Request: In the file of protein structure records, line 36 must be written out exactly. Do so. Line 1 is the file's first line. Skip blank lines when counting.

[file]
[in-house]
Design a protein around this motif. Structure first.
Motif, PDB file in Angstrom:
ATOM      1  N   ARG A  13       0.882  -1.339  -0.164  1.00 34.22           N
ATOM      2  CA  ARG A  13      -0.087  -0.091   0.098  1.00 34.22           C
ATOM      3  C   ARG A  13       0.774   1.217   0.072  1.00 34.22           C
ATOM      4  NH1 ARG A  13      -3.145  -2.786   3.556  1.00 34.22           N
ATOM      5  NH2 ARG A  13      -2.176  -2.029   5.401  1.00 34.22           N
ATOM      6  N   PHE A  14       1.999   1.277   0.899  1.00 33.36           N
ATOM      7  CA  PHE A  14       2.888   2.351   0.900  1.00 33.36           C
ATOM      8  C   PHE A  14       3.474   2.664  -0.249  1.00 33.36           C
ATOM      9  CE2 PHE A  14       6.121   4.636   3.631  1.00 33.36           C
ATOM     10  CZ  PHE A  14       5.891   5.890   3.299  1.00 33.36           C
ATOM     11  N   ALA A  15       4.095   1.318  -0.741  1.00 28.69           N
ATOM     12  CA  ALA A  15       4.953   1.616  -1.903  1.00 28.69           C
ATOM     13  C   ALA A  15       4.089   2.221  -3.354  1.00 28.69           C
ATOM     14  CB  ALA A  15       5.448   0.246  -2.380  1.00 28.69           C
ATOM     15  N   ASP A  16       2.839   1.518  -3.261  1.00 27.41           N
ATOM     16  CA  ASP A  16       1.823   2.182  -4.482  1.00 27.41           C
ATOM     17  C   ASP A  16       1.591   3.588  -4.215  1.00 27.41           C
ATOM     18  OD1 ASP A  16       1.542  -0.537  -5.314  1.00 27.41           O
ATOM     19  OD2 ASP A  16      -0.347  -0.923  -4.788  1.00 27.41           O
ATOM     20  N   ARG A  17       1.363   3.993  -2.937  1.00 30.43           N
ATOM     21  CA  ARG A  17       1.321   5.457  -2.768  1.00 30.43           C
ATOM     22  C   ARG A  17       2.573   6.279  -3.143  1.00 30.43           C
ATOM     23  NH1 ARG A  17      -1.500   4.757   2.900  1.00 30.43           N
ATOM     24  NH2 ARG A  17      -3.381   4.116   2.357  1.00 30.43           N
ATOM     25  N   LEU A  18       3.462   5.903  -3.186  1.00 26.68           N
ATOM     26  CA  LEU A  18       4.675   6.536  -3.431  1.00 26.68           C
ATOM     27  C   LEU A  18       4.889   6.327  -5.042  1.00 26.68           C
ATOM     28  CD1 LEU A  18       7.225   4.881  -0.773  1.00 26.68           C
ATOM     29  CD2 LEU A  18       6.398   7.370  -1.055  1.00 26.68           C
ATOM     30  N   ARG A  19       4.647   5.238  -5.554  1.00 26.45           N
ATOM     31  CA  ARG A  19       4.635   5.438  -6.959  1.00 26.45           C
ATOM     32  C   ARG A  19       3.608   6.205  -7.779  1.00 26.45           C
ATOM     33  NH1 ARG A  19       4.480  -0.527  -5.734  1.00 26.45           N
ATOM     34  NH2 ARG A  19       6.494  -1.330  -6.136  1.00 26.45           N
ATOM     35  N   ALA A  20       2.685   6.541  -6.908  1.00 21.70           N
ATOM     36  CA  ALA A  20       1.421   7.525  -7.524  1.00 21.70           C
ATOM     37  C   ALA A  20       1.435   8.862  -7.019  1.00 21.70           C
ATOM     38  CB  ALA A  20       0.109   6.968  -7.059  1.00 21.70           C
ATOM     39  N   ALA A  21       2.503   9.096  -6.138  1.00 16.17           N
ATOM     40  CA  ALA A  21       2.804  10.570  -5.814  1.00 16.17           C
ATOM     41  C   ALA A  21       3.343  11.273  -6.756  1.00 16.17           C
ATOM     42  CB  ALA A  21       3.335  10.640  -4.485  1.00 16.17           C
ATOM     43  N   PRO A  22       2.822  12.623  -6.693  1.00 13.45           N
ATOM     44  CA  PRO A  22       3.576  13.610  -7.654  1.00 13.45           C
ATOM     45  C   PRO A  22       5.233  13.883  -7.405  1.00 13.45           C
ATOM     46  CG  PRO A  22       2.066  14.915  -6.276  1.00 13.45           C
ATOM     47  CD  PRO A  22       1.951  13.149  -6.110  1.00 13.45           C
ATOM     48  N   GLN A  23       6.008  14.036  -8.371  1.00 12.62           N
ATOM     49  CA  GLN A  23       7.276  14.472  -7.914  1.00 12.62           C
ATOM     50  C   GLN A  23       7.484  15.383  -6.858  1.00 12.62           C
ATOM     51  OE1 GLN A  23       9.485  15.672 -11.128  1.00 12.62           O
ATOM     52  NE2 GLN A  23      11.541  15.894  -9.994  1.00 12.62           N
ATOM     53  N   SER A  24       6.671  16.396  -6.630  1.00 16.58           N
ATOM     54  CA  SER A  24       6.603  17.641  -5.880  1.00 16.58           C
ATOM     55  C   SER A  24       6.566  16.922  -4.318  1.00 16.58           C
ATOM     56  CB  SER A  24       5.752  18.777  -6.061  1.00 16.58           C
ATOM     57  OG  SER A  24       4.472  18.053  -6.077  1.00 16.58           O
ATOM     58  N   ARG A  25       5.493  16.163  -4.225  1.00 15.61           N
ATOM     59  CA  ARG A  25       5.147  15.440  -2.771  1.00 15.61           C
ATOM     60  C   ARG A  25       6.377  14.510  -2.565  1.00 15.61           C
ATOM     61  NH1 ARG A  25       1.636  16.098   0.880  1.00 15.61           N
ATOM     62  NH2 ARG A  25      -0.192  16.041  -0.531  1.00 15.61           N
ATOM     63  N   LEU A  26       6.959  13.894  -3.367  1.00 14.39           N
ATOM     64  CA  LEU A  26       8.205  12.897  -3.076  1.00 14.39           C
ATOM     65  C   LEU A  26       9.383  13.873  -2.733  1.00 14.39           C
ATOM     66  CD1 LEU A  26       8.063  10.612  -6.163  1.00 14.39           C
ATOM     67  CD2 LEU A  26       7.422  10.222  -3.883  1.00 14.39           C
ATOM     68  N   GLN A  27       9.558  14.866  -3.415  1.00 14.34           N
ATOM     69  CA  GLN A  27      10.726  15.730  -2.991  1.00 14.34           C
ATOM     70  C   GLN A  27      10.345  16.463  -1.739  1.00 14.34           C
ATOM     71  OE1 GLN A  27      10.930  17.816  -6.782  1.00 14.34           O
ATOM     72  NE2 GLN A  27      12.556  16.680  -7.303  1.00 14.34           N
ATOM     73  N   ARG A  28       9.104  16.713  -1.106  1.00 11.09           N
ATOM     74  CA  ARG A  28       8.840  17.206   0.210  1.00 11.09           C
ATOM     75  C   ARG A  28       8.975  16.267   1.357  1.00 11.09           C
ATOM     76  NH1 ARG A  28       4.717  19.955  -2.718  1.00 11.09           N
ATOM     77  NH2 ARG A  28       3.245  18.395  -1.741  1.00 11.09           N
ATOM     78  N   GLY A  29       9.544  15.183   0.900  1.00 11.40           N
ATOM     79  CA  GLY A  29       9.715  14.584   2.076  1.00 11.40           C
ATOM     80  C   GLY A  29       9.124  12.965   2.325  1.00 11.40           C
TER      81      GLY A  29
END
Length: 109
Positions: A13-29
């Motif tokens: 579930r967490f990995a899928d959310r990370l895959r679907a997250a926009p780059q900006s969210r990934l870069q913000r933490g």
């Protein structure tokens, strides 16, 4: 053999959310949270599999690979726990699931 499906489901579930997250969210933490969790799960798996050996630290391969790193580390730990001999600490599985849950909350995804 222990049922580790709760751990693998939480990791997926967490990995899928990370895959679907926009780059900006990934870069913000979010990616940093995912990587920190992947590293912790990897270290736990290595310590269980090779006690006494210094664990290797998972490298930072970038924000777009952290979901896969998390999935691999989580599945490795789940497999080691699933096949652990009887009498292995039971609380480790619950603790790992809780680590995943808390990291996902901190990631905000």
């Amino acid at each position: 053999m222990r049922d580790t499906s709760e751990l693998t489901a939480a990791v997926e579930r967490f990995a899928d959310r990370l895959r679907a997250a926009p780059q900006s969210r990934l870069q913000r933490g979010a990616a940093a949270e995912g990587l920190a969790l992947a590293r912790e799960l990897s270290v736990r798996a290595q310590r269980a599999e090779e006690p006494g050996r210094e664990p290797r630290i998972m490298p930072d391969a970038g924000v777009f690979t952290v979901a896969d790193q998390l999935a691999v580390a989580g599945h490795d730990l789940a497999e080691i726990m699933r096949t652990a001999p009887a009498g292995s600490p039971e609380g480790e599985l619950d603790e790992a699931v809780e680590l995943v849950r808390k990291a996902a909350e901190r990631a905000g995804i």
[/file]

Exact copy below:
ATOM     33  NH1 ARG A  19       4.480  -0.527  -5.734  1.00 26.45           N